[Writing 201, Poetry. DAY FOUR: Metaphors]
One of the things I quite enjoy and sorely miss is a Map,
a good old fashion paper map in a neatly-folded packet.
Nevermind that it opens easily, but defies return to its jacket
Assuming a set of highway coordinates– say 77 and 211,
a North or a West or the name of a city,
a paper map illustrates orientation in words and symbols
helpful and geared to simplicity
Spoken directions–out in the boondocks
may be clear to a resident but like mud to a stranger
who needs good direction to get where he’s going.
it won’t help him to look for a “guy mowing” a field
Clearly murky and useless advice
“turn left at Jim Handy’s place, over the creek,
then right at the big Chestnut tree (or it may be an Elm…)
about a mile, or two, where the old well used to be.”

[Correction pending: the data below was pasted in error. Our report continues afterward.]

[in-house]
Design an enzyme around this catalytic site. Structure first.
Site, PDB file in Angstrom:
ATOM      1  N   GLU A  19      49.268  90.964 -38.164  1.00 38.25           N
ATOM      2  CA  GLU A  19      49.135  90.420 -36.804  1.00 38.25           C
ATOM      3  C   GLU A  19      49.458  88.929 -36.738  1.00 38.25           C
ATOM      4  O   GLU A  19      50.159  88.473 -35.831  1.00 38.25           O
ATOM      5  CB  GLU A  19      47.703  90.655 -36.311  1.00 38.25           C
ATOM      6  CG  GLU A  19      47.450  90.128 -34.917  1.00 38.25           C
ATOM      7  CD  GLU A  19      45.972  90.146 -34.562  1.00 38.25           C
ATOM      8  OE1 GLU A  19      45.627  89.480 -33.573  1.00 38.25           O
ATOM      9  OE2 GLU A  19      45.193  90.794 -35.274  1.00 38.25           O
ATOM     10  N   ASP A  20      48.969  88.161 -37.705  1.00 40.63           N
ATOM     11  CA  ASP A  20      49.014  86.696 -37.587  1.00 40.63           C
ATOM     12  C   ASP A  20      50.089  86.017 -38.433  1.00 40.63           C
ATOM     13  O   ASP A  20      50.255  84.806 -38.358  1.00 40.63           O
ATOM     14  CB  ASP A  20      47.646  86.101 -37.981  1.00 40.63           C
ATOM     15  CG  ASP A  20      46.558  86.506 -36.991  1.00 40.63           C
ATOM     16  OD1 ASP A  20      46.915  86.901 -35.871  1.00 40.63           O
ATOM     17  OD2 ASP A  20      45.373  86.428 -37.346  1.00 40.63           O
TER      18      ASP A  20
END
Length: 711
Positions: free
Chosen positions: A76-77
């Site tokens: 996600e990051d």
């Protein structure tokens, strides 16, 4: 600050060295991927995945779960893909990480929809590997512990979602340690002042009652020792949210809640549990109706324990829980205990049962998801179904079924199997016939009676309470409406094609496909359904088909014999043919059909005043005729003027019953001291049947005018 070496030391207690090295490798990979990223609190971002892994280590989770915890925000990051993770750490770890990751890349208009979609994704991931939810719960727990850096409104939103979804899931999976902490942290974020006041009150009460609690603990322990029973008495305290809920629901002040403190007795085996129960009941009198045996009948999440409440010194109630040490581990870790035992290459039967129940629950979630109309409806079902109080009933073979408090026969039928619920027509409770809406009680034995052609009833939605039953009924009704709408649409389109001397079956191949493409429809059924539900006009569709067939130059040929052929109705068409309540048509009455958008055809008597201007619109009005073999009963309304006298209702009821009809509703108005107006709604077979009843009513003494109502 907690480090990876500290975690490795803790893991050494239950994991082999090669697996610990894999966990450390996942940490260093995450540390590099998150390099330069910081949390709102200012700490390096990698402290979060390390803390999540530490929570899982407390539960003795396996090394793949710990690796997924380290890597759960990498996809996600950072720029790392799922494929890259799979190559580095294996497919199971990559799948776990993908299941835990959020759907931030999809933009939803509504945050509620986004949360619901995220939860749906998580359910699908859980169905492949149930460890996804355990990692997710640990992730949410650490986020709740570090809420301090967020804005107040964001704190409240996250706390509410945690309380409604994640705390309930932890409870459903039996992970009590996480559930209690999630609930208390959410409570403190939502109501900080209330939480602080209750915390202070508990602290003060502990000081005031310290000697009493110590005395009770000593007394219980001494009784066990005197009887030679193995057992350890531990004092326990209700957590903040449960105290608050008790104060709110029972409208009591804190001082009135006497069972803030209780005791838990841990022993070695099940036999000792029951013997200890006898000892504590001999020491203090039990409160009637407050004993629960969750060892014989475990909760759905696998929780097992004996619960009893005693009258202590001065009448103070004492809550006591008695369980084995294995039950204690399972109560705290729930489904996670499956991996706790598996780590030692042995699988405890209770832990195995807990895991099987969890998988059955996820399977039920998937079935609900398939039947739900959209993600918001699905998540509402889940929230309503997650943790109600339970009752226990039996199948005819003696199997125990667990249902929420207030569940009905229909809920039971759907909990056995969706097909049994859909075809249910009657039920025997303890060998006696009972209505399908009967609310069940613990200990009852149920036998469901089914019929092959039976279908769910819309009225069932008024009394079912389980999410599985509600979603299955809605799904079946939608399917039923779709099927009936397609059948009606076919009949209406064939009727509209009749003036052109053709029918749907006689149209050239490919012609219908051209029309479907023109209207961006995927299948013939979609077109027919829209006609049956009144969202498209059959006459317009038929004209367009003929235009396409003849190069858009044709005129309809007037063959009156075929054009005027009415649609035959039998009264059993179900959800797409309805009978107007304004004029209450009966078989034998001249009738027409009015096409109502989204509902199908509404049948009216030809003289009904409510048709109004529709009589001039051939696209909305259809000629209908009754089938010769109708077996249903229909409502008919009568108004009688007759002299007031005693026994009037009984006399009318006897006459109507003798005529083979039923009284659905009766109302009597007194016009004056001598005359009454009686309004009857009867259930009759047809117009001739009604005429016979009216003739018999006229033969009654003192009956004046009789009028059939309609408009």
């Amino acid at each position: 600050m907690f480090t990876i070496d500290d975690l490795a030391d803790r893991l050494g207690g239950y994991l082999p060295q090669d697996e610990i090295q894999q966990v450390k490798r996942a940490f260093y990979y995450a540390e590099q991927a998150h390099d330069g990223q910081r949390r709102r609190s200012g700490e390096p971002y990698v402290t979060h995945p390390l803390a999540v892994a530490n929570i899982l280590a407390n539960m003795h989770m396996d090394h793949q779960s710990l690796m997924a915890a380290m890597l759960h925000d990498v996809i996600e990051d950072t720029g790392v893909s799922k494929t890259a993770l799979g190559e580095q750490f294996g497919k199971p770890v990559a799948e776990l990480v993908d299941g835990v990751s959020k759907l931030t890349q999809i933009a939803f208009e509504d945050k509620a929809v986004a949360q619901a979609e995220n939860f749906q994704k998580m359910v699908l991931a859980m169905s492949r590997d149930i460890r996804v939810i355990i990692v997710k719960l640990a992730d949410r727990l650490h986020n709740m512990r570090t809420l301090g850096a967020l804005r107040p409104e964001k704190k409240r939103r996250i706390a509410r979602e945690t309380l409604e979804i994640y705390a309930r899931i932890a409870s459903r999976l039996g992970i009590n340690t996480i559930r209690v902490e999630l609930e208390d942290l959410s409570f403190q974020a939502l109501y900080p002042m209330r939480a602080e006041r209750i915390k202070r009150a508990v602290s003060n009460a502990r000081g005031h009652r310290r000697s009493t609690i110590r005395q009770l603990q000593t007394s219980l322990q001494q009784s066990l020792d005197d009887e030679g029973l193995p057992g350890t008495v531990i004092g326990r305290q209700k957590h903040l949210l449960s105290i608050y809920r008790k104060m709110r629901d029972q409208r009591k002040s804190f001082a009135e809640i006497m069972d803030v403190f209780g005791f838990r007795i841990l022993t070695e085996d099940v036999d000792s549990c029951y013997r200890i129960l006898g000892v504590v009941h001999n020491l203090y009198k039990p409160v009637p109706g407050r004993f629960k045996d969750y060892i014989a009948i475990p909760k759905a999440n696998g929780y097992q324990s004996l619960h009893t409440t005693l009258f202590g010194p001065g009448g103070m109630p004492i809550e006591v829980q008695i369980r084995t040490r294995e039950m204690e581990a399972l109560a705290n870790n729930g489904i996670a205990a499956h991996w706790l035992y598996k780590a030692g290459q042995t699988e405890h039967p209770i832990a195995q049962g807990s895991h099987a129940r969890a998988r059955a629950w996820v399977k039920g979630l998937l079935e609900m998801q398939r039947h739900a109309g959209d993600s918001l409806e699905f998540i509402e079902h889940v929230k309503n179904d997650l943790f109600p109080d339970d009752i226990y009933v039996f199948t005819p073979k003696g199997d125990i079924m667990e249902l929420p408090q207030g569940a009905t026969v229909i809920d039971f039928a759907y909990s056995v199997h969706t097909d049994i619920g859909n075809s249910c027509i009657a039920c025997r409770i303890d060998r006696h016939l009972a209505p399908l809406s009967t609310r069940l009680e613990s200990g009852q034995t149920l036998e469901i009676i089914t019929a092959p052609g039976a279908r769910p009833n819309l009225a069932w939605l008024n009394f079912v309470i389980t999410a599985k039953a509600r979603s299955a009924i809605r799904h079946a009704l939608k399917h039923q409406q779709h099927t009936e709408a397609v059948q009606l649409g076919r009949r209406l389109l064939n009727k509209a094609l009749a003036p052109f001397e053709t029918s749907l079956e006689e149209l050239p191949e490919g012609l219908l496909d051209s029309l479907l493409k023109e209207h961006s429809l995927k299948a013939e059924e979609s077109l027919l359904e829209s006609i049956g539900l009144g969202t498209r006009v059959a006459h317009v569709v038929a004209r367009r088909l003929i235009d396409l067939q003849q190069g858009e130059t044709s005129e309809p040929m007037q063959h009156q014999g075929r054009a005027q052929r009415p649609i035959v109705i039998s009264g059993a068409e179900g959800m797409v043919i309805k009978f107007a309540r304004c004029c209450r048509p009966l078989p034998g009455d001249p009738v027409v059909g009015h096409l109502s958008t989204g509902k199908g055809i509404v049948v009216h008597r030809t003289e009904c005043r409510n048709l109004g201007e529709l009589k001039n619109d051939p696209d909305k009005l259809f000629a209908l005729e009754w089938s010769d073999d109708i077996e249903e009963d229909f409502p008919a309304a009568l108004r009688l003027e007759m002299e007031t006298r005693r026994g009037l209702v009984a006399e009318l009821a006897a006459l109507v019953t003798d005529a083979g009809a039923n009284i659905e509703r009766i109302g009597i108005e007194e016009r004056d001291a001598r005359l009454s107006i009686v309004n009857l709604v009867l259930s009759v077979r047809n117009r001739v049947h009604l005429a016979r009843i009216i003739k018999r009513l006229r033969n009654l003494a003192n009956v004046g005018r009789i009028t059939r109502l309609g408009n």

At a four-way junction there is no function to say
“a drug store on the corner” an ambiguous term
which is not helpful at all for Right or Left
and East or West can be clearly obscured
when the sun has disappeared.
Much clearer indeed is direction with proper inflection–
take this way, then left, then two rights and a STOP sign,
a mile to the South and you will find
the address…a big white house with a blue barn–
Give me a good old paper map–even ripped and torn
it is better than guessing if I will ever get where I’m going.
I don’t miss the cheerful depressing voice, which after agonizing
pauses and fear of malfunction, startles in the silence–
After twisting and turning, on an intricate quagmire of unlikely paths:
“This is NOT your destination.”
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